I think we shut it down after a few weeks and was a fun little memory mainly because ENAD missed the lucky beginning and only got on board after we were essentially lighting money on fire thinking we could capture the magic of the first weekend.

Below is a crude and simplified diagram of how I came up with the first version of the algo.

The Black Box

This represents the process in coming up with actual algorithm itself. I call it a black box because you throw numbers in, run a bunch of BCS (best case scenario) tests to try and weigh the value of the data creating a singular formula that spits out a number that is more accurate than the number the book spits out. Basically the Black Box in these flowcharts is not a dataset or table, but represents the process used which makes up the algorithm.

As I added more and more stats, the more complicated it and time consuming this got obviously. Although I was backtracking aggregate stats, I still continued this for a few weeks so I would have to update the aggregate stats manually (even though I only added 2-3 games per team) and was backtracking so it changed the data very little - looking back this was a massive waste of time)

Ultimately, its a series of algorithms that are used to determine the best “weight” of given data point(s) or data set(s) to come up with a formula that produces a final number when you plug in the two teams’ correlating data numbers. The concept being that the further away from the books’ total number should theoretically be the highest conviction plays. I’ll explain more about the black box below because I wasn’t really doing anything special at this point. I basically ran a bunch of tests “weighing” the importance of Pace of play offense & defense and FGA and FGM (I think I added 3Ps as well eventually but not sure), but I was making a big mistake when running these tests and using the results to create the algo which I explain below and deemed it the backtracking fallacy after the fact.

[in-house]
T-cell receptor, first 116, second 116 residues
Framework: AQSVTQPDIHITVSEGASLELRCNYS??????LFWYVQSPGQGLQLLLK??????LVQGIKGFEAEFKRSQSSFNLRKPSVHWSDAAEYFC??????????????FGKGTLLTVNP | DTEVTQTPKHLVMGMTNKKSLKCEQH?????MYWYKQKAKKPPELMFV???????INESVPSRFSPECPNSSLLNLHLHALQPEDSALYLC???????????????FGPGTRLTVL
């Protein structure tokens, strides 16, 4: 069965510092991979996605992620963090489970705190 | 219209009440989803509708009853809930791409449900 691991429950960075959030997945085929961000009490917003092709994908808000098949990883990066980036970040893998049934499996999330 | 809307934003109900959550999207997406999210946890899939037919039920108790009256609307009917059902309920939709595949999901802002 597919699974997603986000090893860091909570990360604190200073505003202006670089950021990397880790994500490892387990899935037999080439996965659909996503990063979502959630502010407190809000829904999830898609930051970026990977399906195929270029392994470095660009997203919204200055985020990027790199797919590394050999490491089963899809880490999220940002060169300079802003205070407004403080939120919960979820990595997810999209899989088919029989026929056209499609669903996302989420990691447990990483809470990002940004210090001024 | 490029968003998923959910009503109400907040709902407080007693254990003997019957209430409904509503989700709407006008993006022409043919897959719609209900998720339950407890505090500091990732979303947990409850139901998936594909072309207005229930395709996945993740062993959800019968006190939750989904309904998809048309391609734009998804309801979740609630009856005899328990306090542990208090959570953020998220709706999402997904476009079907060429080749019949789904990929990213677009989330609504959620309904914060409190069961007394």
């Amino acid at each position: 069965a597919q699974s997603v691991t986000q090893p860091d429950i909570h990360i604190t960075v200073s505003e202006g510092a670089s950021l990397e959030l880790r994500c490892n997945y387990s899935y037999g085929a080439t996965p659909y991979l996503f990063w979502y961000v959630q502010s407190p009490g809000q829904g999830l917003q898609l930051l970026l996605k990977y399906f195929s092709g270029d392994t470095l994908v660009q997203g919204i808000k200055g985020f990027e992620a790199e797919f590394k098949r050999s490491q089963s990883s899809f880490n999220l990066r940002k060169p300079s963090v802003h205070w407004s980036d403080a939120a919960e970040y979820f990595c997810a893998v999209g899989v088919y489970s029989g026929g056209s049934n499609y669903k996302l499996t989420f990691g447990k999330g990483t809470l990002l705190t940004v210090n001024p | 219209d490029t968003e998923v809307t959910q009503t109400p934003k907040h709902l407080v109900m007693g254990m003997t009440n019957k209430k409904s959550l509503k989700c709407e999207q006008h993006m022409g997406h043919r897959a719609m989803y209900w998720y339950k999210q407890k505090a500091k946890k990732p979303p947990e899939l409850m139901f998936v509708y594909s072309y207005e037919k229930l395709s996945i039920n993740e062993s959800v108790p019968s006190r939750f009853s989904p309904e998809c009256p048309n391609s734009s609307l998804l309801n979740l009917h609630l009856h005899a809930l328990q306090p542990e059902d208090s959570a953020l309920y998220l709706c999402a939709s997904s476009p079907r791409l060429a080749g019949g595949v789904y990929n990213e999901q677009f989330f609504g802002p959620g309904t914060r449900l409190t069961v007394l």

In this case, I was taking the base aggregate stats above from each team for the last month or so, and then using those numbers to run tests to determine how you’d weigh the importance of those numbers in a formula which would have produced the best results (highest win%) in that same timeframe. It wasn’t until the offseason after we shut it down, but when I put thought about how to improve the algo and how I could have done better, it hit me like a ton of bricks. I am sure there’s a real name for it, but I called it the backtracking fallacy. I tried to explain this to TT in a bar one time, and after 15 minutes of me rambling, he hit me with a, “I have no fucking clue what you’re talking about, but I love your enthusiasm.”

Backtracking Fallacy

Let’s use the teams Pace of Play (poss. per 40min) and as an example of the only two stats we have available, and the date is Jan 20th, ‘22. I’m trying to come up with an algorithm based on these two stats. After running the optimization numbers and BCS tests, I come to the conclusion that Pace of Play should be weighed with a 1.061x and DefPop weighed at 1.073x (x being pts scored/gm) ultimately resulting in a final total number when adding both teams that produces positive results against the books line. How I got these numbers is that I run the Black Box tests to determine what would have produced the best results from 12/1/21 through 1/19/22 (roughly 16 games played per team)

In order to properly test what would have produced the best results, you need to “run” the algorithm with the data available at that time, and those are the test results that you need in your black box calculation tests. Otherwise, you are essentially using the data to confirm the data. Realizing this after the fact was very important because after figuring this out, I understood much better the magnitude of this project, and how much time and effort needs to go into this to actually do this the right way. This led to what I call the Imitation Game offseason.